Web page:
Overbreadth Doctrine

Overbreadth Doctrine in the United States

Requires that enactments proscribing certain activity must completely avoid affecting conduct that is constitutionally protected. Overbreadth typically refers to a statute that may fail to adequately distinguish between activities that may be regulated and those that may not. The overbreadth doctrine prohibits a law that does not sufficiently focus on or target those things a state may legitimately regulate. Instead, it indiscriminately includes forms of expression or activities that are permissible. A recent example involving the overbreadth doctrine is the Los Angeles ordinance that prohibited all expressive activities within the central terminal at Los Angeles International Airport. The U.S. Supreme Court ruled in Board of Airport Commissioners v. Jews for Jesus (482 U.S. 589: 1987) that the ordinance was defective in that it went beyond just regulating expressive activity that might create problems, such as congestion or disruption in the airport. Such a regulation might be a permissible time, place, and manner restriction, but instead the ordinance here banned all expression. Under such a sweeping ban, virtually everyone entering the terminal could be found in violation. Even the intent to reach only expressive activity unrelated to airport purposes was viewed as vague in distinguishing affected from unaffected activity. Thus the Court struck down the ordinance on overbreadth grounds.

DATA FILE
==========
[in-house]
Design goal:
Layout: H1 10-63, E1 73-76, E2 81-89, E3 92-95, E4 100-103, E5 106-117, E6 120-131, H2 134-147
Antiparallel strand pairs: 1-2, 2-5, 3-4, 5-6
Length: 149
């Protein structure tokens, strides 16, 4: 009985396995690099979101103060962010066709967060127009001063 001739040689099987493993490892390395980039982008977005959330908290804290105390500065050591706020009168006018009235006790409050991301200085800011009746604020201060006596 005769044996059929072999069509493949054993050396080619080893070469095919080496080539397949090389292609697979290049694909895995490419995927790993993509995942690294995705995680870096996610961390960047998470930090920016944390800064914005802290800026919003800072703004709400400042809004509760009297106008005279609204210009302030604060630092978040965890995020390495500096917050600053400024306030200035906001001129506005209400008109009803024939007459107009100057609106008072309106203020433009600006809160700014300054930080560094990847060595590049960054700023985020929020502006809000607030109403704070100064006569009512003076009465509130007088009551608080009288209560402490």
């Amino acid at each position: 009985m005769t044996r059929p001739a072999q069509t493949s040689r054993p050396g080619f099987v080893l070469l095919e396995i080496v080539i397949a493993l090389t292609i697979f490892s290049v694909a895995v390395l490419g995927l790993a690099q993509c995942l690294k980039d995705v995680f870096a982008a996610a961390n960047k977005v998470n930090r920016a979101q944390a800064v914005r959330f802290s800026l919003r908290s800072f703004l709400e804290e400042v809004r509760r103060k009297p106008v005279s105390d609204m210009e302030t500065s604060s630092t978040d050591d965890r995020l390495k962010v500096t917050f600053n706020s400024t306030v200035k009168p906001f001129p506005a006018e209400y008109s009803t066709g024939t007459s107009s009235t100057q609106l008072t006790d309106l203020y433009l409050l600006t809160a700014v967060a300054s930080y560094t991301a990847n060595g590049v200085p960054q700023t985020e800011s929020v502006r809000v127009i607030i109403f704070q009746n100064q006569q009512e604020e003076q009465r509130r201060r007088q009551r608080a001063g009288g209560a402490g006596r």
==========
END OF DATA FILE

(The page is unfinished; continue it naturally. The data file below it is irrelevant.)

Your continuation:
See Also

Doctrine (Judicial Effects and Policies) Judicial Review (Judicial Effects and Policies).

Analysis and Relevance

The overbreadth doctrine is illustrated in Village of Schaumburg v. Citizens for a Better Environment (444 U.S. 620: 1980), where the Supreme Court struck down a local ordinance that required all organizations soliciting contributions door-to-door to use at least 75 percent of their receipts for charitable purposes. The intent of the ordinance was to prevent fraudulent solicitations. The Court objected to the approach because it imposed a direct and substantial limitation on organizations such as environmental education groups whose principal activities are research, advocacy, and public education. While such organizations obviously do not meet the ordinance definition of charitable, their activities are constitutionally permissible. Schaumburg’s ordinance was simply too inclusive or overbroad. A similar ordinance was invalidated in Coates v. Cincinnati (402 U.S. 611: 1972) because the ordinance prohibited an assembly of three or more people on public sidewalks. It subjected such assembled people to arrest if their behavior “annoyed” a police officer or passerby. The ordinance made criminal what the Constitution says cannot be a crime. Neither may an enactment suffer from vagueness. Regulation must convey standards of conduct that people of reasonable intelligence can understand. Enactments that do not clearly convey required or prohibited conduct may be invalidated as vague. Restrictions that are either overbroad or vague may have a “chilling effect” on expression or some other protected activity. A chilling effect comes when persons think sanctions will be imposed if they exercise their rights. As a result, people tend to restrict themselves from engaging in activities that fall outside those clearly protected.

Notes and References

  1. Definition of Overbreadth Doctrine from the American Law Dictionary, 1991, California






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